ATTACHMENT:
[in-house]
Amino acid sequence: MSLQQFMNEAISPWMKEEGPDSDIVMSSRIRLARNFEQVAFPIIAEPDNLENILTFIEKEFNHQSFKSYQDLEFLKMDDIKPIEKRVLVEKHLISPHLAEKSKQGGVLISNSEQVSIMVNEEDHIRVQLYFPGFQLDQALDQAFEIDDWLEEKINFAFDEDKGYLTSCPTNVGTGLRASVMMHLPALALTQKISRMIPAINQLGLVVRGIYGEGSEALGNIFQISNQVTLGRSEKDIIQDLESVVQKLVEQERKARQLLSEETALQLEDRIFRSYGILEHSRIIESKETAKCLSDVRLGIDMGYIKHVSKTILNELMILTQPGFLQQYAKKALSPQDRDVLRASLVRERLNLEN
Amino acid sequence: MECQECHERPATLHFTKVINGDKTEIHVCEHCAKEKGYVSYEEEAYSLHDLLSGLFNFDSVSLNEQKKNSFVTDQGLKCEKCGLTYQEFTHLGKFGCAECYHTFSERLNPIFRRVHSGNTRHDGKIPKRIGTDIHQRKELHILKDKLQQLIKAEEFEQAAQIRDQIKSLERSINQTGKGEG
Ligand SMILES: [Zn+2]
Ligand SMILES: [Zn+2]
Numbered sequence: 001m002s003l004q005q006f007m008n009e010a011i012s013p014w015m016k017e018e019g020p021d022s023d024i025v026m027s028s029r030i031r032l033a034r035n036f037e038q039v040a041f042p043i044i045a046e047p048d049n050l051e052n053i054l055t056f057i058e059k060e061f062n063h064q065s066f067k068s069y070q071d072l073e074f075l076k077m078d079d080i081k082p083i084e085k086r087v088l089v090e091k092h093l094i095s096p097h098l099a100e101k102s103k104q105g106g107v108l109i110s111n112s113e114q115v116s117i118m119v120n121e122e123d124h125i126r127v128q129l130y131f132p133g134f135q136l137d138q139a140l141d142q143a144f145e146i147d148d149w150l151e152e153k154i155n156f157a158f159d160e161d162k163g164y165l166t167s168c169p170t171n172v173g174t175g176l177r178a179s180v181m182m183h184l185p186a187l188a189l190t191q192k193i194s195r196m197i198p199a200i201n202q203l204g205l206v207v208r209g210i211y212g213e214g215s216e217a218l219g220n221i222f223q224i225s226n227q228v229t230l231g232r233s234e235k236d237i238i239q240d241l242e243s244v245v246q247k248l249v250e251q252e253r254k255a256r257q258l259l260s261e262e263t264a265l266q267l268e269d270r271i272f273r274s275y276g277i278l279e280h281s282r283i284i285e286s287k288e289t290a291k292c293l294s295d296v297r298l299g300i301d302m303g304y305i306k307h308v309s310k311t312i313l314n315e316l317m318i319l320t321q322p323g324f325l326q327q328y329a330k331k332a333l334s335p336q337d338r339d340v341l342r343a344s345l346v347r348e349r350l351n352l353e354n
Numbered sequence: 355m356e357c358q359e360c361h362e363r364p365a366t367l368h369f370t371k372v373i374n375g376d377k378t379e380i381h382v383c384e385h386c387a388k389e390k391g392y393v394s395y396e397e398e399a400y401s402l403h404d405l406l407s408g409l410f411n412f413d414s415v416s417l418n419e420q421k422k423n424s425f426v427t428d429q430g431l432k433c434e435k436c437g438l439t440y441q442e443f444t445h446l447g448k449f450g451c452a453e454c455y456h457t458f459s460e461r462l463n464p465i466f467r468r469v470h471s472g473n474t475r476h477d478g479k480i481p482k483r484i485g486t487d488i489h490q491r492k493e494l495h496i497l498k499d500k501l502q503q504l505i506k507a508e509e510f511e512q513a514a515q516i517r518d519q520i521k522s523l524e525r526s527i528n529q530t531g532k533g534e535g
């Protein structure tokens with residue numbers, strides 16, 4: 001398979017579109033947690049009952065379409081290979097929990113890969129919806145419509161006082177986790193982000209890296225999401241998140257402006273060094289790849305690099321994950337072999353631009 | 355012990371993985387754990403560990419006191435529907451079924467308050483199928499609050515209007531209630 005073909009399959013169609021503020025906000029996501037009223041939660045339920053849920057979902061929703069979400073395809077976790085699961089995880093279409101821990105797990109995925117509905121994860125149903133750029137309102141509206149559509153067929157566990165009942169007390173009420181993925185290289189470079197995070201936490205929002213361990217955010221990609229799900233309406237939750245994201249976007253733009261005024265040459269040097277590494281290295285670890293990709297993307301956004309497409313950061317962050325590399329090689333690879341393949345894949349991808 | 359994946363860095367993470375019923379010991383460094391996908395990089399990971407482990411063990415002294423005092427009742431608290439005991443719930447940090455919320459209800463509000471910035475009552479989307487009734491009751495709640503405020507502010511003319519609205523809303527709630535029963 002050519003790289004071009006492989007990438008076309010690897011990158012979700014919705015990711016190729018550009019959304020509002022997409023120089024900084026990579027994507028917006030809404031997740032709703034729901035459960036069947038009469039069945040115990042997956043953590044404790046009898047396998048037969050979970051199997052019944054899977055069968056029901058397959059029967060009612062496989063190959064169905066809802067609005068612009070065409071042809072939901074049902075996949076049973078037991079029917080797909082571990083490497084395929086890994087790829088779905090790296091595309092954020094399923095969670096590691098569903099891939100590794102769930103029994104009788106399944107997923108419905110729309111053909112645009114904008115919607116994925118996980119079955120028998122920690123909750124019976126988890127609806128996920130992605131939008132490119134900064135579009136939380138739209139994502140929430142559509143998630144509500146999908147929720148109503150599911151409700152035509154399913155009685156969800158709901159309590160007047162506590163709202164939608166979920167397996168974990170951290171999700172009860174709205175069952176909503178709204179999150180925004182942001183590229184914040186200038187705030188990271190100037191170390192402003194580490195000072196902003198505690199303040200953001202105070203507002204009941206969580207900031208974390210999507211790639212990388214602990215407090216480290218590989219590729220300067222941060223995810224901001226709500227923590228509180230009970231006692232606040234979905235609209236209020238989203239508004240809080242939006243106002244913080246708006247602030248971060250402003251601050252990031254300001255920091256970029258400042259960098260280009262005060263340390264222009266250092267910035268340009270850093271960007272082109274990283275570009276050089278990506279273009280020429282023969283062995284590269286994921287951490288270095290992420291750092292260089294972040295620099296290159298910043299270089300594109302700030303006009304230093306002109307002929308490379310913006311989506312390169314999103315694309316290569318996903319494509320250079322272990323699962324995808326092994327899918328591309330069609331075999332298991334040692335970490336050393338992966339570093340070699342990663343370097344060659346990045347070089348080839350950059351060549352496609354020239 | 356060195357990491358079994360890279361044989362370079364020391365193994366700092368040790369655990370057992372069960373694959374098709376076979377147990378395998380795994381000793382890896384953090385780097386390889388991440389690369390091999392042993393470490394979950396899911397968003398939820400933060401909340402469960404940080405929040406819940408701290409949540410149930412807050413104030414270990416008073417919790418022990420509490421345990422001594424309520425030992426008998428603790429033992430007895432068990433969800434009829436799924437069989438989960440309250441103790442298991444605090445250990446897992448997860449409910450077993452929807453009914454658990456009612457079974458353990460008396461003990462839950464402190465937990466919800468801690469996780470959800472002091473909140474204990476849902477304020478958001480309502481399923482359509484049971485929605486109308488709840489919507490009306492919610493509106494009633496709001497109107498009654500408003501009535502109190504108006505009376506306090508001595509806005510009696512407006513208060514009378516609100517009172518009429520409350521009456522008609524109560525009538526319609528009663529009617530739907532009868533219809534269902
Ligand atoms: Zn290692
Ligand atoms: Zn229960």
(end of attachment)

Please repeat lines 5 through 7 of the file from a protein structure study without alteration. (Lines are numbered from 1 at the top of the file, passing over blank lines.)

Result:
Ligand SMILES: [Zn+2]
Numbered sequence: 001m002s003l004q005q006f007m008n009e010a011i012s013p014w015m016k017e018e019g020p021d022s023d024i025v026m027s028s029r030i031r032l033a034r035n036f037e038q039v040a041f042p043i044i045a046e047p048d049n050l051e052n053i054l055t056f057i058e059k060e061f062n063h064q065s066f067k068s069y070q071d072l073e074f075l076k077m078d079d080i081k082p083i084e085k086r087v088l089v090e091k092h093l094i095s096p097h098l099a100e101k102s103k104q105g106g107v108l109i110s111n112s113e114q115v116s117i118m119v120n121e122e123d124h125i126r127v128q129l130y131f132p133g134f135q136l137d138q139a140l141d142q143a144f145e146i147d148d149w150l151e152e153k154i155n156f157a158f159d160e161d162k163g164y165l166t167s168c169p170t171n172v173g174t175g176l177r178a179s180v181m182m183h184l185p186a187l188a189l190t191q192k193i194s195r196m197i198p199a200i201n202q203l204g205l206v207v208r209g210i211y212g213e214g215s216e217a218l219g220n221i222f223q224i225s226n227q228v229t230l231g232r233s234e235k236d237i238i239q240d241l242e243s244v245v246q247k248l249v250e251q252e253r254k255a256r257q258l259l260s261e262e263t264a265l266q267l268e269d270r271i272f273r274s275y276g277i278l279e280h281s282r283i284i285e286s287k288e289t290a291k292c293l294s295d296v297r298l299g300i301d302m303g304y305i306k307h308v309s310k311t312i313l314n315e316l317m318i319l320t321q322p323g324f325l326q327q328y329a330k331k332a333l334s335p336q337d338r339d340v341l342r343a344s345l346v347r348e349r350l351n352l353e354n
Numbered sequence: 355m356e357c358q359e360c361h362e363r364p365a366t367l368h369f370t371k372v373i374n375g376d377k378t379e380i381h382v383c384e385h386c387a388k389e390k391g392y393v394s395y396e397e398e399a400y401s402l403h404d405l406l407s408g409l410f411n412f413d414s415v416s417l418n419e420q421k422k423n424s425f426v427t428d429q430g431l432k433c434e435k436c437g438l439t440y441q442e443f444t445h446l447g448k449f450g451c452a453e454c455y456h457t458f459s460e461r462l463n464p465i466f467r468r469v470h471s472g473n474t475r476h477d478g479k480i481p482k483r484i485g486t487d488i489h490q491r492k493e494l495h496i497l498k499d500k501l502q503q504l505i506k507a508e509e510f511e512q513a514a515q516i517r518d519q520i521k522s523l524e525r526s527i528n529q530t531g532k533g534e535g